Alex Hillman recently tweeted: “Twitter lists illustrate the most important shift in the internet: your bio is now written by others, and what they say about you.” He follows up with a longer piece on his blog.
Google Wave: we came, we saw, we played D&D: It’s easy to see why many people who use it for the first time wonder what the big deal is–as I said above, you really need to try to accomplish something with it as part of a group before you understand what it’s good for.
Rafe shares the frustration he has trying to correct the the misinformation friends and family are consuming off the Web and from cable news media.
I had my Twitter updates streaming to Facebook, but recently discontinued that. danah boyd shares some of the reasons in her blog post: Some thoughts on Twitter vs. Facebook Status Updates:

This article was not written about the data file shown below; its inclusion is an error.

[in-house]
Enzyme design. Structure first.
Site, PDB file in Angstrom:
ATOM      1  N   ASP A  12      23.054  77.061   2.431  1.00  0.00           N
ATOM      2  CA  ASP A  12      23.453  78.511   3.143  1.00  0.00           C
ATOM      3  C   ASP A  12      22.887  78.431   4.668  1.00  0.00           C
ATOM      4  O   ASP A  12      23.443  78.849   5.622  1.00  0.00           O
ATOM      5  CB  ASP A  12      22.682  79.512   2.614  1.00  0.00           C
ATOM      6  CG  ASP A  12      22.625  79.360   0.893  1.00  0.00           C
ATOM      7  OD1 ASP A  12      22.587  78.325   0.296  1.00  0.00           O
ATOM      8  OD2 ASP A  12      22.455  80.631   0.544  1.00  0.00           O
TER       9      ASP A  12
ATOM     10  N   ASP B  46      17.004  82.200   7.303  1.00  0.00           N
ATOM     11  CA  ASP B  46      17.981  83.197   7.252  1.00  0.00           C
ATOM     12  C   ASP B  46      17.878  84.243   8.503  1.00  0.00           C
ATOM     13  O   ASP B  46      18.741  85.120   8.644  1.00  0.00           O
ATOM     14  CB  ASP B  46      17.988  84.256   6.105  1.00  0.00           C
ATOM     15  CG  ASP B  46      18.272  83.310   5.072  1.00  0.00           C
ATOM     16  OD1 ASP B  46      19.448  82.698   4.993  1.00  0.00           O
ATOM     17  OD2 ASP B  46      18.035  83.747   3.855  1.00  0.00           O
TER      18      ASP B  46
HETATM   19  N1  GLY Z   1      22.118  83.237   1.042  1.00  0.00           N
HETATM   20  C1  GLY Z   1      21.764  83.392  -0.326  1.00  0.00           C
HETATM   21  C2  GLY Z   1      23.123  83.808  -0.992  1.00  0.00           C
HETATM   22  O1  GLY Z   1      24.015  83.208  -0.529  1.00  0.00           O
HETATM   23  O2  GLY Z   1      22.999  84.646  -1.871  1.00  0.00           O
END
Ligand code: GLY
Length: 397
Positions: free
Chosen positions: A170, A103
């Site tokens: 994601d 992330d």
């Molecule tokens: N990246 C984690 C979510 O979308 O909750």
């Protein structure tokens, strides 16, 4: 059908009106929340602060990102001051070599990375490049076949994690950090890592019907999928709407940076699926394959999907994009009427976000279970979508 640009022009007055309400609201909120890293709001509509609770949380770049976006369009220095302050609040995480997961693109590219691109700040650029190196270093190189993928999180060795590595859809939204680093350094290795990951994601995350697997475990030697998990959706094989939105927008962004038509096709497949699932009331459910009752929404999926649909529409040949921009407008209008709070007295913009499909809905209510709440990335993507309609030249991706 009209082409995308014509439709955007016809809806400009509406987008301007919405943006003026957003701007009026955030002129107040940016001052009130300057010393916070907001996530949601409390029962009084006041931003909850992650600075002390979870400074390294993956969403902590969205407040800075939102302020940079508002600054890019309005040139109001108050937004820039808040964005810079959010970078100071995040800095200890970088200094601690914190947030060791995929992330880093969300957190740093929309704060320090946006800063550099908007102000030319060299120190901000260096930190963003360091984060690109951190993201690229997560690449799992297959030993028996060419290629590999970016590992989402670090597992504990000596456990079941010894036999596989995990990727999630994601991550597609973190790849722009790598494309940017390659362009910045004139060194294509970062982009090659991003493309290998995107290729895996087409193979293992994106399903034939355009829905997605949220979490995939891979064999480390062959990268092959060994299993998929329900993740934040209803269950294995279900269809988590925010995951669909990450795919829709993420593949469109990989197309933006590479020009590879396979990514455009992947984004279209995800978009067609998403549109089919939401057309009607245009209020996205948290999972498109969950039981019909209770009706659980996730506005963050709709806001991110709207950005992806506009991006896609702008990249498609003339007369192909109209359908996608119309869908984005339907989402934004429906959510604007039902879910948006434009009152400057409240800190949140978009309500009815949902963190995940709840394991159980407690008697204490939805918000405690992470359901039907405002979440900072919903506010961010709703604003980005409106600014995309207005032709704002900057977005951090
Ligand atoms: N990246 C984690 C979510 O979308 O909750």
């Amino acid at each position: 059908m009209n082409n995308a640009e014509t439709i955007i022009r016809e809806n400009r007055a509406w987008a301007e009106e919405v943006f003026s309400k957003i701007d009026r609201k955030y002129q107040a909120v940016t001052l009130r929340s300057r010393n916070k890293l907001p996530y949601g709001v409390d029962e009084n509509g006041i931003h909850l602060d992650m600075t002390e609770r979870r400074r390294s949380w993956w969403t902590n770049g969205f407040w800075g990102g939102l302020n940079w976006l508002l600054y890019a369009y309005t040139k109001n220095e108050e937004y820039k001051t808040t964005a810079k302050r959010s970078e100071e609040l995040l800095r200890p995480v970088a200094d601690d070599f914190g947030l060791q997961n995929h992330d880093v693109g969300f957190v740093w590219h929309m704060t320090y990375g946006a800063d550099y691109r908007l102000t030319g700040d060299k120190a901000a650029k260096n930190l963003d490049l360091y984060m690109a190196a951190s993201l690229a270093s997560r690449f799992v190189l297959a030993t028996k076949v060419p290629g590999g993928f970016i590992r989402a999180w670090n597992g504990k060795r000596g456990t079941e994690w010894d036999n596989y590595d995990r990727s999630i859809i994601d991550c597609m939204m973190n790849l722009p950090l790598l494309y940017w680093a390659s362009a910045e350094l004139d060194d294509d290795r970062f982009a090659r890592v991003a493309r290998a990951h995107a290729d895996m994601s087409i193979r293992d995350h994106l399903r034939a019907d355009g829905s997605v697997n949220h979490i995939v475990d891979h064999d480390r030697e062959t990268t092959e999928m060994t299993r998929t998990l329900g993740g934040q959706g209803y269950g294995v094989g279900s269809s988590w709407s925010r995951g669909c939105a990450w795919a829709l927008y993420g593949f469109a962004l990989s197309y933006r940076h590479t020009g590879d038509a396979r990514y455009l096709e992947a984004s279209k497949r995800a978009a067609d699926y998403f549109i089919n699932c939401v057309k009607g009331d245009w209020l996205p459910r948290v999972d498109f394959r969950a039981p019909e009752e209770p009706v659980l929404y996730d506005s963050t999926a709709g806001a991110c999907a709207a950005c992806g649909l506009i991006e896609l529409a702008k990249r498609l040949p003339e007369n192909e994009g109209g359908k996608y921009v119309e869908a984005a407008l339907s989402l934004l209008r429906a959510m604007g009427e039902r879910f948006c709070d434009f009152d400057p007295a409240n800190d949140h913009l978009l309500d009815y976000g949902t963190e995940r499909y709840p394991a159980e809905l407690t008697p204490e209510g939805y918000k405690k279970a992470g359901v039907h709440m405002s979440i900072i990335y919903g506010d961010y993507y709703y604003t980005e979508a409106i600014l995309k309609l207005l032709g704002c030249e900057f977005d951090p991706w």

One way to really see this is when people on Twitter auto-update their Facebook (guilty as charged). The experiences and feedback on Twitter feel very different than the experiences and feedback on Facebook. On Twitter, I feel like I’m part of an ocean of people, catching certain waves and creating my own. Things whirl past and I add stuff to the mix. When I post the same messages to Facebook, I’m consistently shocked by the people who take the time to leave comments about them, to favorite them, to ask questions in response, to start a conversation. (Note: I’m terrible about using social media for conversation and so I’m a terrible respondent on Facebook.) Many of the people following me are the same, but the entire experience is different.
Seth Godin comments on the penalty you face exceeding the Dunbar Number
And finally, this is brilliant.